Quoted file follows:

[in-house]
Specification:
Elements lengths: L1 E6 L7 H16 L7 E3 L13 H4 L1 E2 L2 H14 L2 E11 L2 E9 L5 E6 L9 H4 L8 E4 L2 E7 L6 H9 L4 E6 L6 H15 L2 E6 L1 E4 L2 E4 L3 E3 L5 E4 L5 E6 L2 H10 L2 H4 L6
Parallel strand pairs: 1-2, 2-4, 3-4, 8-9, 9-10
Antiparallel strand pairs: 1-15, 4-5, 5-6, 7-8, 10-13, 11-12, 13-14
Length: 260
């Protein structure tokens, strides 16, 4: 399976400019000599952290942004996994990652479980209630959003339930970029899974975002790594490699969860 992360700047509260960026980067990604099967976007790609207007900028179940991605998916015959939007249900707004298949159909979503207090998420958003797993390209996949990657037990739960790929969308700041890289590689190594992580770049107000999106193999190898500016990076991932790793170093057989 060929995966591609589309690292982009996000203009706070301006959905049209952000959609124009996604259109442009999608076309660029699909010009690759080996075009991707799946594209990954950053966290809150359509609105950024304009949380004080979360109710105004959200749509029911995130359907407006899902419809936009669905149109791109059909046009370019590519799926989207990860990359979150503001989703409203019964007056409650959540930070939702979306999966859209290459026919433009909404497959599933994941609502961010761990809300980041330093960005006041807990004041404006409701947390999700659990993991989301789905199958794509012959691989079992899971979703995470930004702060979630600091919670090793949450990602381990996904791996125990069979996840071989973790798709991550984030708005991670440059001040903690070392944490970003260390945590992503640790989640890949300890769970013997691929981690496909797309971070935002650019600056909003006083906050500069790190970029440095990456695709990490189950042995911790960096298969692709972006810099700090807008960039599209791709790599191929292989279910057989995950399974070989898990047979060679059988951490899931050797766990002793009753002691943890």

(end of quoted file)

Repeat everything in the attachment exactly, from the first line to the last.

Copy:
[in-house]
Specification:
Elements lengths: L1 E6 L7 H16 L7 E3 L13 H4 L1 E2 L2 H14 L2 E11 L2 E9 L5 E6 L9 H4 L8 E4 L2 E7 L6 H9 L4 E6 L6 H15 L2 E6 L1 E4 L2 E4 L3 E3 L5 E4 L5 E6 L2 H10 L2 H4 L6
Parallel strand pairs: 1-2, 2-4, 3-4, 8-9, 9-10
Antiparallel strand pairs: 1-15, 4-5, 5-6, 7-8, 10-13, 11-12, 13-14
Length: 260
């Protein structure tokens, strides 16, 4: 399976400019000599952290942004996994990652479980209630959003339930970029899974975002790594490699969860 992360700047509260960026980067990604099967976007790609207007900028179940991605998916015959939007249900707004298949159909979503207090998420958003797993390209996949990657037990739960790929969308700041890289590689190594992580770049107000999106193999190898500016990076991932790793170093057989 060929995966591609589309690292982009996000203009706070301006959905049209952000959609124009996604259109442009999608076309660029699909010009690759080996075009991707799946594209990954950053966290809150359509609105950024304009949380004080979360109710105004959200749509029911995130359907407006899902419809936009669905149109791109059909046009370019590519799926989207990860990359979150503001989703409203019964007056409650959540930070939702979306999966859209290459026919433009909404497959599933994941609502961010761990809300980041330093960005006041807990004041404006409701947390999700659990993991989301789905199958794509012959691989079992899971979703995470930004702060979630600091919670090793949450990602381990996904791996125990069979996840071989973790798709991550984030708005991670440059001040903690070392944490970003260390945590992503640790989640890949300890769970013997691929981690496909797309971070935002650019600056909003006083906050500069790190970029440095990456695709990490189950042995911790960096298969692709972006810099700090807008960039599209791709790599191929292989279910057989995950399974070989898990047979060679059988951490899931050797766990002793009753002691943890």